I'm a digital media strategist with CanEye Media. I help businesses build and establish their brand through internet marketing. I also blog regularly for Canada's Best Sports Blog - Unsportsmanlike.ca
Tom Yawney
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6 Comments

  1. Actually, if you compare the Blue Jackets across the NHL since they entered the league in 2000, they are middle of the pack in terms of players they have drafted contributing in the league. The percentage of draft picks that actually make it is amazingly low, and even first round picks are far from locks. The Zherdev pick in an incredibly deep draft was one that hurt, but the problem is really that the Blue Jackets were never quite bad enough to get a really good pick. There is a drastic difference between the performance of the top 3 in the first round and the remaining 27. The Jackets converted their chance in that area, with Nash in 2002.

    The Penguins are where they are because of four consecutive years with the first(twice) or second (twice) overall picks, which translated to Crosby, Staal, Malkin and Fleury. Howson has done much better than MacLean throughout the draft, though those results are just on the verge of starting to be realized, due to development time.

    • When you mention that the Jackets are middle of the pack in terms of drafting players that have contributed to the league, who do you have in mind? One thing you can’t deny is that Columbus is the only team int eh NHL that has been drafting top 10 for 10 years. Regardless of circumstance they should have more to show for it.

      I agree that the Zherdev pick was a tough one, it is probably the pick that cost McLean his job.

  2. The Blue Jackets aren’t a bad drafting team but they are certainly a terrible at “developing” their talent. That is where the problem lies with this organization as everyone of those Top 10 picks would’ve been scooped up by another franchise.

    Columbus needs to address their developing.

    Comparing Columbus to Washington or Pittsburgh is unfair as those teams have had the luxury of selecting in the top two rather than the often more mediocre 6-12th range. Both the Caps and Pens had the luck of drafting franchise players in the years they were absolutely abysmal.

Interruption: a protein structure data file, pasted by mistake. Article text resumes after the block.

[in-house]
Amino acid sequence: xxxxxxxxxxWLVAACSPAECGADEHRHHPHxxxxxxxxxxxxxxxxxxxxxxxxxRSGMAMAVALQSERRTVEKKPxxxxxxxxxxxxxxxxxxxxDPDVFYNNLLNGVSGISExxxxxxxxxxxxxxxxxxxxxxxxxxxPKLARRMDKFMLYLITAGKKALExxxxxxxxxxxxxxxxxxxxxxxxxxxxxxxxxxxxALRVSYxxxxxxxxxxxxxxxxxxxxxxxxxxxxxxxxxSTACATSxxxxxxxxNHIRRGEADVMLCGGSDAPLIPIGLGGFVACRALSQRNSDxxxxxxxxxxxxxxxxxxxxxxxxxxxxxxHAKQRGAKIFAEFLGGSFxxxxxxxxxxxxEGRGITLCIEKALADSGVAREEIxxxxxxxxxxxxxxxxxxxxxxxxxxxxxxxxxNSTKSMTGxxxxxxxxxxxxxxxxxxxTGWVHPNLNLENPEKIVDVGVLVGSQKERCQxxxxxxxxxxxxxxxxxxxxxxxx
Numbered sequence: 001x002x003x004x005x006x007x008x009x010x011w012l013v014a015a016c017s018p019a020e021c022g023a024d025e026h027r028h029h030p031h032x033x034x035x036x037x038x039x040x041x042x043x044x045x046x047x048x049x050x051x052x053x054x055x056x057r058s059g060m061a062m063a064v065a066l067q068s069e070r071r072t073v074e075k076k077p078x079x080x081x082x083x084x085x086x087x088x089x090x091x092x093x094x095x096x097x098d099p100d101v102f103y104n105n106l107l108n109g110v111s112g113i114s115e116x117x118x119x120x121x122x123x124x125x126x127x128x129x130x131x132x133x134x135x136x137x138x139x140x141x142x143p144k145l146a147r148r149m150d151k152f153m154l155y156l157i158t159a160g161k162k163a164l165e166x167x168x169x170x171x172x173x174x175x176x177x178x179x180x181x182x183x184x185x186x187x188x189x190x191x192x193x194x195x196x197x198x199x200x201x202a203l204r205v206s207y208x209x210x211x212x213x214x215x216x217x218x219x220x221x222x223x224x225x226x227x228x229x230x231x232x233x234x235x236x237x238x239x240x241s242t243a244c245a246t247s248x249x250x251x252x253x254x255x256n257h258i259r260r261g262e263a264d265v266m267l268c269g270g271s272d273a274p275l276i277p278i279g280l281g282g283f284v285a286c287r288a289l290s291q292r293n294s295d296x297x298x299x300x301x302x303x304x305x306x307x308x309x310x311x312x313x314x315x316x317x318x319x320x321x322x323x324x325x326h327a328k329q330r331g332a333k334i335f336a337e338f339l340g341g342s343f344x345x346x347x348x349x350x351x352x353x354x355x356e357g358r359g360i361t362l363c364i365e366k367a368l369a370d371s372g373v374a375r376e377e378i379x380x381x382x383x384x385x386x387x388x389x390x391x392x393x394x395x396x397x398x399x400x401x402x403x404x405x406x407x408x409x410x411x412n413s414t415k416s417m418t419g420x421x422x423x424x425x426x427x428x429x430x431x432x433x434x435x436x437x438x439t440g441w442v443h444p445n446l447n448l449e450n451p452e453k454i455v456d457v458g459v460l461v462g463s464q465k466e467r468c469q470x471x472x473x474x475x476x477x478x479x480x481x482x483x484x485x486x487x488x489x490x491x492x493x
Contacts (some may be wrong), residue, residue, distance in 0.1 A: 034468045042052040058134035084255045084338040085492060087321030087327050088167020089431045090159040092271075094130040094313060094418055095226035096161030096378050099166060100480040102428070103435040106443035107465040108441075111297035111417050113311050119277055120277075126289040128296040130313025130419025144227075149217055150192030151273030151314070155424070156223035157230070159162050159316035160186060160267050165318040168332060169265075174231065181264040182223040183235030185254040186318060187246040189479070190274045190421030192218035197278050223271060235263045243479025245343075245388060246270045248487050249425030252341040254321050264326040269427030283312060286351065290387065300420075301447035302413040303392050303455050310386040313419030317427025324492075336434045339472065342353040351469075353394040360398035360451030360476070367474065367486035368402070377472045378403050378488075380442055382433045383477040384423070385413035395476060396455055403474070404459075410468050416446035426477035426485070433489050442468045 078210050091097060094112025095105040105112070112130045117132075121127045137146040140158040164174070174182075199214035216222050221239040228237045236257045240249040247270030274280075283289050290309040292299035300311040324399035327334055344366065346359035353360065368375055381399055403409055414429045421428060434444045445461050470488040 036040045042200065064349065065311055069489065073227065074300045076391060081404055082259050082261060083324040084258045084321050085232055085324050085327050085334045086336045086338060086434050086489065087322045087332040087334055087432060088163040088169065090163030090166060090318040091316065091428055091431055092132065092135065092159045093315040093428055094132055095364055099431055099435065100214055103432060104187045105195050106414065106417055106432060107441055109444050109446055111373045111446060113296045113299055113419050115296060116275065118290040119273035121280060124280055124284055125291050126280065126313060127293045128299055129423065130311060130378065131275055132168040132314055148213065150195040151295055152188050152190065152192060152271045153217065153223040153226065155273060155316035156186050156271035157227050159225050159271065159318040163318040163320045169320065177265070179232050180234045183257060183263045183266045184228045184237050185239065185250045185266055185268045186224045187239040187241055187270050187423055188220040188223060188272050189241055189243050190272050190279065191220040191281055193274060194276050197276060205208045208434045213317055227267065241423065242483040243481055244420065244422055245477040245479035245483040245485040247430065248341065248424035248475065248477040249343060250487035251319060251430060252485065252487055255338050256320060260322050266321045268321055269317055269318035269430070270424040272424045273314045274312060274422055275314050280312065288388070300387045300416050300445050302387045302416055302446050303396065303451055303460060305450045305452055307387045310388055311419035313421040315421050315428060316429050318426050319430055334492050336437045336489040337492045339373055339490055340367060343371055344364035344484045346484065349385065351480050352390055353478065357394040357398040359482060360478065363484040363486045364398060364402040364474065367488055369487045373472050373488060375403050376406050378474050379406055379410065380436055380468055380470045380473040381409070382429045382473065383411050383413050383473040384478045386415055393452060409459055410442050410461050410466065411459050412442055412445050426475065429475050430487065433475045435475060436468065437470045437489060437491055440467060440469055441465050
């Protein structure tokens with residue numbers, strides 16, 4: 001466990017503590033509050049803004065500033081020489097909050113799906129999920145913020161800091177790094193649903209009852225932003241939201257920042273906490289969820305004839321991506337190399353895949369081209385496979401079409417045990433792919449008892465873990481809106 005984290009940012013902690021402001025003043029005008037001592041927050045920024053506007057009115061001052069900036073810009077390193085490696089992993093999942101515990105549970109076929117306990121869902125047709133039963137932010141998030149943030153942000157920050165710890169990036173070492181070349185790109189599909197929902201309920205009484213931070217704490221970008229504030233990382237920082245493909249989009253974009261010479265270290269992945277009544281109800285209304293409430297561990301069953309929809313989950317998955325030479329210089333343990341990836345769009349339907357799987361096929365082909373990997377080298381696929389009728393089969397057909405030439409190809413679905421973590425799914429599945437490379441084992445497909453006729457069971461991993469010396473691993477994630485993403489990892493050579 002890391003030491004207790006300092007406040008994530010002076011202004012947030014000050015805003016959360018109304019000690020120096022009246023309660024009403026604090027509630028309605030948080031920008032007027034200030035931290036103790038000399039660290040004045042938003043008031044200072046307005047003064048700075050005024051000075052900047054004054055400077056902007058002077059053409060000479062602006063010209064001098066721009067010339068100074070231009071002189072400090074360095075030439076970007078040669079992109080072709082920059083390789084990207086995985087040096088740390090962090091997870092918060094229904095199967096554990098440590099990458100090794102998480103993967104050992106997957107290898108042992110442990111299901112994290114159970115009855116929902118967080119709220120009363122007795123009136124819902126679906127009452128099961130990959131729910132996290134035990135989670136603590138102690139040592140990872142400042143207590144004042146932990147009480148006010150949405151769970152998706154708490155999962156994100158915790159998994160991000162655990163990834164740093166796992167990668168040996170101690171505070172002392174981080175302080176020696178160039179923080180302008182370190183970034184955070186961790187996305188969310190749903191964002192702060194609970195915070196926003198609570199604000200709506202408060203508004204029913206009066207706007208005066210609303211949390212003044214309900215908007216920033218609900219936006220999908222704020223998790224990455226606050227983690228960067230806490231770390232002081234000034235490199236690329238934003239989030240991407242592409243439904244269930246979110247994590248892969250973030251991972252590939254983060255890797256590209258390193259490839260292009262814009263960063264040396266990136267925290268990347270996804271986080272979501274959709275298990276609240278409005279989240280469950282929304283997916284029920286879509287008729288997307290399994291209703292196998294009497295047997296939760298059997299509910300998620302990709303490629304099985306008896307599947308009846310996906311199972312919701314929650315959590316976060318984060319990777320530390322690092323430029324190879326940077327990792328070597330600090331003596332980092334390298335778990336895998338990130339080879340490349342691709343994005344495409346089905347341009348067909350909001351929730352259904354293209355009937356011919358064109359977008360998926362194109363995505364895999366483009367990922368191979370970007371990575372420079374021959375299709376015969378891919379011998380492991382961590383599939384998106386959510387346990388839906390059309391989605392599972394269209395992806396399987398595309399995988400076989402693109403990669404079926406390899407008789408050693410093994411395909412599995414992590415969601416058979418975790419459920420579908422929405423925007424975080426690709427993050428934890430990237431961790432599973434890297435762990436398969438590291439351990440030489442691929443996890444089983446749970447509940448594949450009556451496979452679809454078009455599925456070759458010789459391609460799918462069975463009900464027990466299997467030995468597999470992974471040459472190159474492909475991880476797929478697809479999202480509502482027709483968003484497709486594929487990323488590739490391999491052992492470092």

• I don’t think it is unfair to compare Columbus with Pittsburgh or Washington.

      Washington has only had one top-two pick, Ovechkin. Other than him they also drafted Backstrom 4th. Who else have they draft dop 4-10? No one. Columbus has had a decade of top ten picks.

      Pittsburgh took Crosby and Fleury first overall, and Malkin and Staal 2nd overall. These are 4 highly impactful players but like I mentioned, Columbus has been drafting top 10 for a decade. That has to count for something.

      • But I think it is hard to compare to Washington, Pittsburgh, and Chicago because many of their franchise-changing players were selected with top 3 picks. Washington got Ovechkin first overall. Pittsburgh got Fleury, Malkin, Crosby, and Staal with picks in the top 2. Chicago got Toews and Kane with picks in the top 3. These teams were bad enough to select the top talent.

        The Blue Jackets have had only had one pick in the top 3, and that was Rick Nash. Clearly the Jackets have made some bad picks, but their drafting has been handicapped by their inability to be truly awful – and medium-bad is far less desirable than being the true worst. Thus the Jackets have been left (even in their years with #4 or #6 picks) looking at surefire All-Stars picked before their spot.

        This doesn’t excuse general poor drafting (and consistent top-10 drafting should yield good results), but it does leave the Jackets without a chance to get the potential best player and potential generational player. Would Washington be good without Ovechkin? Would Pittsburgh be good without Crosby, or Chicago without Kane? Probably, but when they were that much better than all the other players in their respective drafts, that access to top 3 players reveals its worth.

        The current NHL demands having some game-changing superstars on the team, and Columbus has managed to be “good enough” to never get any beyond Rick Nash. Imagine Columbus with Patrick Kane, Sidney Crosby, or another super-top-tier player. Maybe then all these failed 4-10 picks wouldn’t be such a topic.

        • I agree with you to some degree but Columbus has passed on countless all-stars in favor of guys who never made it in the NHL.

          Sure they didn’t have the benefit of drafting “can’t miss” top 3 prospects, but MORE importantly, they have missed on great players that were available to them that they chose to pass over.

          The 2003 they didn’t select Jeff Carter and in 2011 they traded Voracek (7th overall ’07) and the 8th overall pick to get him. It’s just poor management.